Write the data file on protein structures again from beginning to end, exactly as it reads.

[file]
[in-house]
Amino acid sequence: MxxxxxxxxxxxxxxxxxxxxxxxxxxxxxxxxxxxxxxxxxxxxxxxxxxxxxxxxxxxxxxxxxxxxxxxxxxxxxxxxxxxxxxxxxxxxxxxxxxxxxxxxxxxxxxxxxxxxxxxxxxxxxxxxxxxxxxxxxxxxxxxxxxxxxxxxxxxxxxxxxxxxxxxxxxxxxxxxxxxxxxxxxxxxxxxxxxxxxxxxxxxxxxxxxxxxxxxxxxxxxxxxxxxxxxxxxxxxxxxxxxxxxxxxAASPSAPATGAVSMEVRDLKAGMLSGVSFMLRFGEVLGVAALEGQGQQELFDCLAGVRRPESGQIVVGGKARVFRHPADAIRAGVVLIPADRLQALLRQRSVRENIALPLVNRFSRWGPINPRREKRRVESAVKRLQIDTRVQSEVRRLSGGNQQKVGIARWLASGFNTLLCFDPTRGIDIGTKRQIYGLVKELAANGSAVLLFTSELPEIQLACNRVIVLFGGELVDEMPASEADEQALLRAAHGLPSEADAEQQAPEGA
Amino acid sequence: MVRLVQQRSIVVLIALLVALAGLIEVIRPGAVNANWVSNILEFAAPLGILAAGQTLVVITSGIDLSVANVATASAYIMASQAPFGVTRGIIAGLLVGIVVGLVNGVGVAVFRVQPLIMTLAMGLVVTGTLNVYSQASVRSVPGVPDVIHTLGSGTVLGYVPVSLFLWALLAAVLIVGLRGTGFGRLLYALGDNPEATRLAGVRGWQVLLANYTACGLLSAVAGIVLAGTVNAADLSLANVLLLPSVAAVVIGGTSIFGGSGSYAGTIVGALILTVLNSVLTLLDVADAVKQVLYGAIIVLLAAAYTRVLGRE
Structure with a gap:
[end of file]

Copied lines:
[in-house]
Amino acid sequence: MxxxxxxxxxxxxxxxxxxxxxxxxxxxxxxxxxxxxxxxxxxxxxxxxxxxxxxxxxxxxxxxxxxxxxxxxxxxxxxxxxxxxxxxxxxxxxxxxxxxxxxxxxxxxxxxxxxxxxxxxxxxxxxxxxxxxxxxxxxxxxxxxxxxxxxxxxxxxxxxxxxxxxxxxxxxxxxxxxxxxxxxxxxxxxxxxxxxxxxxxxxxxxxxxxxxxxxxxxxxxxxxxxxxxxxxxxxxxxxxxxxxxxxxxAASPSAPATGAVSMEVRDLKAGMLSGVSFMLRFGEVLGVAALEGQGQQELFDCLAGVRRPESGQIVVGGKARVFRHPADAIRAGVVLIPADRLQALLRQRSVRENIALPLVNRFSRWGPINPRREKRRVESAVKRLQIDTRVQSEVRRLSGGNQQKVGIARWLASGFNTLLCFDPTRGIDIGTKRQIYGLVKELAANGSAVLLFTSELPEIQLACNRVIVLFGGELVDEMPASEADEQALLRAAHGLPSEADAEQQAPEGA
Amino acid sequence: MVRLVQQRSIVVLIALLVALAGLIEVIRPGAVNANWVSNILEFAAPLGILAAGQTLVVITSGIDLSVANVATASAYIMASQAPFGVTRGIIAGLLVGIVVGLVNGVGVAVFRVQPLIMTLAMGLVVTGTLNVYSQASVRSVPGVPDVIHTLGSGTVLGYVPVSLFLWALLAAVLIVGLRGTGFGRLLYALGDNPEATRLAGVRGWQVLLANYTACGLLSAVAGIVLAGTVNAADLSLANVLLLPSVAAVVIGGTSIFGGSGSYAGTIVGALILTVLNSVLTLLDVADAVKQVLYGAIIVLLAAAYTRVLGRE
Structure with a gap: